STANDING on the steps of the federal courthouse in New Haven, the lawyer Karen Torre reveled in her clients’ victory in a recent case before the Supreme Court. She anointed her clients : the white firefighters who scored well on a promotion test :”a symbol”for millions of Americans who are”tired of seeing individual achievement and merit take a back seat to race and ethnicity.”
But the Supreme Court’s 5-to-4 decision last month : that New Haven should not have scrapped the test : perpetuates profound misconceptions about the capacity of paper-and-pencil tests to gauge a person’s potential on the job. Exams like the one the New Haven firefighters took are neither designed nor administered to identify the employees most qualified for promotion. And Ms. Torre’s identity-politics sloganeering diverts attention from what we need most: a clear-eyed reassessment of our blind faith in entrenched testing regimes.
New Haven used a multiple-choice test to measure its firefighters’ retention of information from national firefighting textbooks and study guides. Civil service tests like these do not identify people who are best suited for leadership positions. The most important skills of any fire department lieutenant or captain are steady command presence, sound judgment and the ability to make life-or-death decisions under pressure. In a city that is nearly 60 percent black and Latino, the ability to promote cross-racial harmony under stress is also crucial.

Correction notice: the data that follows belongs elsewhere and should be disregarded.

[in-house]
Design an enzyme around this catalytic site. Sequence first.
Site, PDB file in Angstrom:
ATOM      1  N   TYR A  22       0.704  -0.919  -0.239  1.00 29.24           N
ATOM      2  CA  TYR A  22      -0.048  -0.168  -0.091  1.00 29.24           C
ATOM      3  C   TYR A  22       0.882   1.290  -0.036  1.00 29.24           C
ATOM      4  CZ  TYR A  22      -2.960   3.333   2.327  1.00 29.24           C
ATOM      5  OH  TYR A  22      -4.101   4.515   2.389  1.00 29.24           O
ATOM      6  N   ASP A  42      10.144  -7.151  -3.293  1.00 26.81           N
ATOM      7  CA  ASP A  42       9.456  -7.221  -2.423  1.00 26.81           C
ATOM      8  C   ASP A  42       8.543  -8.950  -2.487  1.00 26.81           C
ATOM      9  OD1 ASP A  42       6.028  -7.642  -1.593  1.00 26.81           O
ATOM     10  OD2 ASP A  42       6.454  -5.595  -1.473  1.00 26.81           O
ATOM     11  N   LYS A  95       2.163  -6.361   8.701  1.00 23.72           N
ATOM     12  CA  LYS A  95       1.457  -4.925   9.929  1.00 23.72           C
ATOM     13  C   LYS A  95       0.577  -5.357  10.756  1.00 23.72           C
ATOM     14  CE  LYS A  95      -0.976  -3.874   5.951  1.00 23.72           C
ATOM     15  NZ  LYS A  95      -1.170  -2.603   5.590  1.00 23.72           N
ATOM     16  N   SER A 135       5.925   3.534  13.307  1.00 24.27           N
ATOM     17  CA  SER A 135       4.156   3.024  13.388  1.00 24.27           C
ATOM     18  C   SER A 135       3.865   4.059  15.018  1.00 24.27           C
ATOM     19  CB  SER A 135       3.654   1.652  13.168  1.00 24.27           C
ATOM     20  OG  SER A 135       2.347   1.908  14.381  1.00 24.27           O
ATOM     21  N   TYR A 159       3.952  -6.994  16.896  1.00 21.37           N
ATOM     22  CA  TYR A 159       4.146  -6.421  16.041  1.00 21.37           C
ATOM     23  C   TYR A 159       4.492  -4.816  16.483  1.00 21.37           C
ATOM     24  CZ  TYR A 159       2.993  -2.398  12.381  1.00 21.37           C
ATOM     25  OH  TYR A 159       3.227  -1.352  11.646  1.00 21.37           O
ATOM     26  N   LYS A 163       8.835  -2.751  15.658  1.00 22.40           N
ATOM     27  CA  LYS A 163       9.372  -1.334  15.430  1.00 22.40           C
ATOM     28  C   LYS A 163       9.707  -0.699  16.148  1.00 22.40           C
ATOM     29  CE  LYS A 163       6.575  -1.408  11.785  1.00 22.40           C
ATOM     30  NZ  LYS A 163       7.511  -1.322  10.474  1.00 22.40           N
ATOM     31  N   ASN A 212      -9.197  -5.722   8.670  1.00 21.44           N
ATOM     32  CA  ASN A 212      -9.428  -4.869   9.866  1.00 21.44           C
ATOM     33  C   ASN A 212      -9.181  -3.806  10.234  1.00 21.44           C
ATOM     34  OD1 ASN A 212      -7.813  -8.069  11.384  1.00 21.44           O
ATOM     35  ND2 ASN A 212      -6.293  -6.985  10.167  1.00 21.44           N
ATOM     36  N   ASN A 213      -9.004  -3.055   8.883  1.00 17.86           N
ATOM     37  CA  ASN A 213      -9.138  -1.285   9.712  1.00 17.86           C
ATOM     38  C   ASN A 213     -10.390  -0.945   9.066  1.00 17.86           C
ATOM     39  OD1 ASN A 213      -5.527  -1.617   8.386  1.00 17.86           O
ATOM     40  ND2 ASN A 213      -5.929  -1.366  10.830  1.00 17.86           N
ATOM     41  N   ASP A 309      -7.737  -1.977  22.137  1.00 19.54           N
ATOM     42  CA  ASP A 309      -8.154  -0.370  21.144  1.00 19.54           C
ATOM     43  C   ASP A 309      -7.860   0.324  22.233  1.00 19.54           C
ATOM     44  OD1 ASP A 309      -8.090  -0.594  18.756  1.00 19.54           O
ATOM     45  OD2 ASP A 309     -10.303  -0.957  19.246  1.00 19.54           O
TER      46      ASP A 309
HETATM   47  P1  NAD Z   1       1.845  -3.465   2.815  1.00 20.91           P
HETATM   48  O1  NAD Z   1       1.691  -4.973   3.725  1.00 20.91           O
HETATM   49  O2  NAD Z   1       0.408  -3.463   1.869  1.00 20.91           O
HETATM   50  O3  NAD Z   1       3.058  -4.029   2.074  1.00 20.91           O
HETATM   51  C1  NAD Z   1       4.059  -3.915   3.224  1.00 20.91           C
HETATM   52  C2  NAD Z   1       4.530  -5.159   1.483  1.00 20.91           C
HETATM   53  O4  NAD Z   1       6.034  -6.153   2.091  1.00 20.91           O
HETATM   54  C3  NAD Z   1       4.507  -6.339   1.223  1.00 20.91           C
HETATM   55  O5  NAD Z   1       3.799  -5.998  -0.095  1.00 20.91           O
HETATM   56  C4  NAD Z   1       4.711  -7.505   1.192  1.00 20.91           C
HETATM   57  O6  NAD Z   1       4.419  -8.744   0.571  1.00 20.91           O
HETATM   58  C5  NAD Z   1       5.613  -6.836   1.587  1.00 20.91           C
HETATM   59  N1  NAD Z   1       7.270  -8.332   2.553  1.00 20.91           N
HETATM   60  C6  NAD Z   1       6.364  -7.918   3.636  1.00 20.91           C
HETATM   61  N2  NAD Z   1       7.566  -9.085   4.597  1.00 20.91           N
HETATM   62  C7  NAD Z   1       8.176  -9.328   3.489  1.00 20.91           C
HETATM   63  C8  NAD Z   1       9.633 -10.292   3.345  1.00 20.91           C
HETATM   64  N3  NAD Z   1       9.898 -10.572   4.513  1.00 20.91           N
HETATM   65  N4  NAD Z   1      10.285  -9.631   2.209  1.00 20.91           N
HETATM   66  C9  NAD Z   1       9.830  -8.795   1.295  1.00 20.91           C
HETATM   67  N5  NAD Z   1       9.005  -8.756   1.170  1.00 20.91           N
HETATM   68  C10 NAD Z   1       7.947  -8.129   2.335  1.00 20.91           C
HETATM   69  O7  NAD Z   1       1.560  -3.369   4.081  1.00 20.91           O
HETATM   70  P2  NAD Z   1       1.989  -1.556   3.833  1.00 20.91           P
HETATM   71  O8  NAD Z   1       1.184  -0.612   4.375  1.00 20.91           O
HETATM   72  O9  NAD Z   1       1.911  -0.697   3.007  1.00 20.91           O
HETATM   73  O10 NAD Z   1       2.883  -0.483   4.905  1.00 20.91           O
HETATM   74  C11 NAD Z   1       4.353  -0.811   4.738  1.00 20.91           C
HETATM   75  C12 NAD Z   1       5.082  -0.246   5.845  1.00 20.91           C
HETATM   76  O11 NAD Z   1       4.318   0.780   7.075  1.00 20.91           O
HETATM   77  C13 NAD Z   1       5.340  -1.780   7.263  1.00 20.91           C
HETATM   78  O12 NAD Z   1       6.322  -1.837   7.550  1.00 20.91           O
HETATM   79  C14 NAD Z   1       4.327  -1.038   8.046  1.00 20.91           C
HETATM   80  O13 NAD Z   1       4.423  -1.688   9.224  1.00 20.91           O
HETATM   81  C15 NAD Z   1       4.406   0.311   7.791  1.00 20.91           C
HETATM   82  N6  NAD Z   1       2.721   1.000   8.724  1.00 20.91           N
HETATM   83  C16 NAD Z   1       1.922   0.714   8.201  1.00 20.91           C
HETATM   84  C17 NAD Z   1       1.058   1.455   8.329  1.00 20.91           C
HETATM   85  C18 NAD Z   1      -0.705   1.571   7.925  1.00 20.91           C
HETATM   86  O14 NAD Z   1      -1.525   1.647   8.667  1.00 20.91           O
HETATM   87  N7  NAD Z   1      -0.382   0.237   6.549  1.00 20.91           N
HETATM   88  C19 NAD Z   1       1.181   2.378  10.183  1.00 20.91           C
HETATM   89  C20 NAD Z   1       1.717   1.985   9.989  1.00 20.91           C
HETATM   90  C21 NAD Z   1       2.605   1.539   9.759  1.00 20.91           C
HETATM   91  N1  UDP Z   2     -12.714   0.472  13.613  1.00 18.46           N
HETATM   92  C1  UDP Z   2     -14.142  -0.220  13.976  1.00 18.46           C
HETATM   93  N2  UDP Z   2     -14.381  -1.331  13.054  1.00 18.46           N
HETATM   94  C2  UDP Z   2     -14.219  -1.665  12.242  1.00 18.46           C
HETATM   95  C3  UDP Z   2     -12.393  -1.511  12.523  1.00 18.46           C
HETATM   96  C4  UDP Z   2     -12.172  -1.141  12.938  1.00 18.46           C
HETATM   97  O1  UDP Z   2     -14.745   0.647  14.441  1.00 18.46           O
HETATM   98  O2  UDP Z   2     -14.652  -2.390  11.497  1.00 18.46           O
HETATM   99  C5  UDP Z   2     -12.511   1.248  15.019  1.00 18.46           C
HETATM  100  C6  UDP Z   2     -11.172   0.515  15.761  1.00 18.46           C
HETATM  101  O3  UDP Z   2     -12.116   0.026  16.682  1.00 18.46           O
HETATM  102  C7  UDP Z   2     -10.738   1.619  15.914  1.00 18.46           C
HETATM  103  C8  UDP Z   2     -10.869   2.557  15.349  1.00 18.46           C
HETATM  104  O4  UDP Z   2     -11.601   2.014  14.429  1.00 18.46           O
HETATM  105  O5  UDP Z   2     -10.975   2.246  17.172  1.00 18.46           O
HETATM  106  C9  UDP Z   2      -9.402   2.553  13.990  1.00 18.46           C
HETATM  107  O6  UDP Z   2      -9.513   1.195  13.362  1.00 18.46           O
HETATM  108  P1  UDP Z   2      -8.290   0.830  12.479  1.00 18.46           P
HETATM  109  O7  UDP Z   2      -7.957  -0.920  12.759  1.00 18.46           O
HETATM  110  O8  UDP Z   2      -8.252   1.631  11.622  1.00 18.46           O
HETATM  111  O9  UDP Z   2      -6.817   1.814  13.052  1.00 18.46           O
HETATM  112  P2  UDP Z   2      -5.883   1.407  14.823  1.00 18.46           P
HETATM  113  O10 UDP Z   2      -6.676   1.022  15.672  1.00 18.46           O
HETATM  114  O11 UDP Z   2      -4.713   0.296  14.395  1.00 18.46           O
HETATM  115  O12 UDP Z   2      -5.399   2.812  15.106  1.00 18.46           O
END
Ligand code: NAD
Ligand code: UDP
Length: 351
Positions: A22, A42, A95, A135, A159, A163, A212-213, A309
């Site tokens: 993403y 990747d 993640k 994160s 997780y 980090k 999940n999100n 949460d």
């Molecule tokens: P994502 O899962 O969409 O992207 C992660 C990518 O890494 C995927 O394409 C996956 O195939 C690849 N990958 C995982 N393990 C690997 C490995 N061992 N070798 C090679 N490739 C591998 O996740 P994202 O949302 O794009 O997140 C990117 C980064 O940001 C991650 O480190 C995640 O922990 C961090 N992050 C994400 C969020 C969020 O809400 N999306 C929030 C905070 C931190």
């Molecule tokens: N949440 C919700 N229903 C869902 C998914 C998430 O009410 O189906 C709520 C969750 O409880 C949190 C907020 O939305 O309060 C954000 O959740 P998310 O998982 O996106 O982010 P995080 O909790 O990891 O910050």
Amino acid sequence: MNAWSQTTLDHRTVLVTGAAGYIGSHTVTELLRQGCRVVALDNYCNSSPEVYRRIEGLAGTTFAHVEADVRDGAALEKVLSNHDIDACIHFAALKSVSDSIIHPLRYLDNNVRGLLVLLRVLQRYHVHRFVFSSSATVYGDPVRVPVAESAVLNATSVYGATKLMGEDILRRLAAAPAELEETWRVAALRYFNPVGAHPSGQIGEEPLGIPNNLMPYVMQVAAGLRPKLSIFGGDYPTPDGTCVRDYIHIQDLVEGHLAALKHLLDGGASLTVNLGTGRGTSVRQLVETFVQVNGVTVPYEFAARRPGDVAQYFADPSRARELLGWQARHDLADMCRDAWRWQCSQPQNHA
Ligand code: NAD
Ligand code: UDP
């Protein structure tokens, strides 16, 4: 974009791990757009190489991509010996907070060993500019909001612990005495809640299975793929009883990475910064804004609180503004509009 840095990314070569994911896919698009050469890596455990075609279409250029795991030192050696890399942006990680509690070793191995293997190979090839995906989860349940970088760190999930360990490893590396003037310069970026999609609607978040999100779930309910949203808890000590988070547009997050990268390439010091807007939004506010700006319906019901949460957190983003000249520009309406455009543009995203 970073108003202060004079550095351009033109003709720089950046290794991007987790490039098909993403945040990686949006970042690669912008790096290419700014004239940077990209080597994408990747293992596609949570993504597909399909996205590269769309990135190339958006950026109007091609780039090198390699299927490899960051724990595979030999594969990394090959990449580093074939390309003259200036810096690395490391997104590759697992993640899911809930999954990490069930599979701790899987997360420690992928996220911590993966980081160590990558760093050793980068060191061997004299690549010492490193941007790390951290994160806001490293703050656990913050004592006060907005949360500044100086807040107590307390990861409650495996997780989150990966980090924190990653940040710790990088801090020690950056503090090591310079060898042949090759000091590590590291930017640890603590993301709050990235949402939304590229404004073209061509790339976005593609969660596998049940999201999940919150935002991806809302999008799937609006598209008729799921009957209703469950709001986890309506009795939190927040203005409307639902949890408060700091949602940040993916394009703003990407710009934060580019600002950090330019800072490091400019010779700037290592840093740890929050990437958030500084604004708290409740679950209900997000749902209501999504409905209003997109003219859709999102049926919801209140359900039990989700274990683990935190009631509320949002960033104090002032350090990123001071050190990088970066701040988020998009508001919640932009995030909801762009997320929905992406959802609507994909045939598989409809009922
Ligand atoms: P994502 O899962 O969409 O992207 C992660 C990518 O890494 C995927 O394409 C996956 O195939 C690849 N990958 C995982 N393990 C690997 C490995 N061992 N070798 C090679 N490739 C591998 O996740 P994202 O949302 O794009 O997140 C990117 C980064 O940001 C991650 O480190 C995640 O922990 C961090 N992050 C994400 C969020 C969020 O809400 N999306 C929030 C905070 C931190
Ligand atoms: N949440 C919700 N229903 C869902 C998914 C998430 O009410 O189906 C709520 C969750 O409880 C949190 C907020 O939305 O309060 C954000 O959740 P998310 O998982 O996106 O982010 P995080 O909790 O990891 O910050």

These skills are not well measured by tests that reward memorization and ask irrelevant questions like whether it is best to approach a particular emergency from uptown or downtown even when the city isn’t oriented that way. The Civil Service Board in New Haven declined to certify the test not only because of concerns about difference in scores between black and white firefighters but also because it failed to assess qualities essential for firefighting.
As Justice Ruth Bader Ginsburg noted in her dissent, tests drawn from national textbooks often do not match a city’s local firefighting needs. Most American fire departments have abandoned such tests or limited the multiple-choice format to 30 percent or less of an applicant’s score. In New Haven, the test still accounted for 60 percent of the score. Compounding the problem, insignificant numerical score differences were used to rank the firefighter candidates. …
Read the entire piece here.
On a related note, for research documenting gender based performance differentials on AP tests, go here. The paper suggests that AP tests can be formulated to favor students of one gender over the other.
–Ann Bartow, NYT article via Danielle Holley-Walker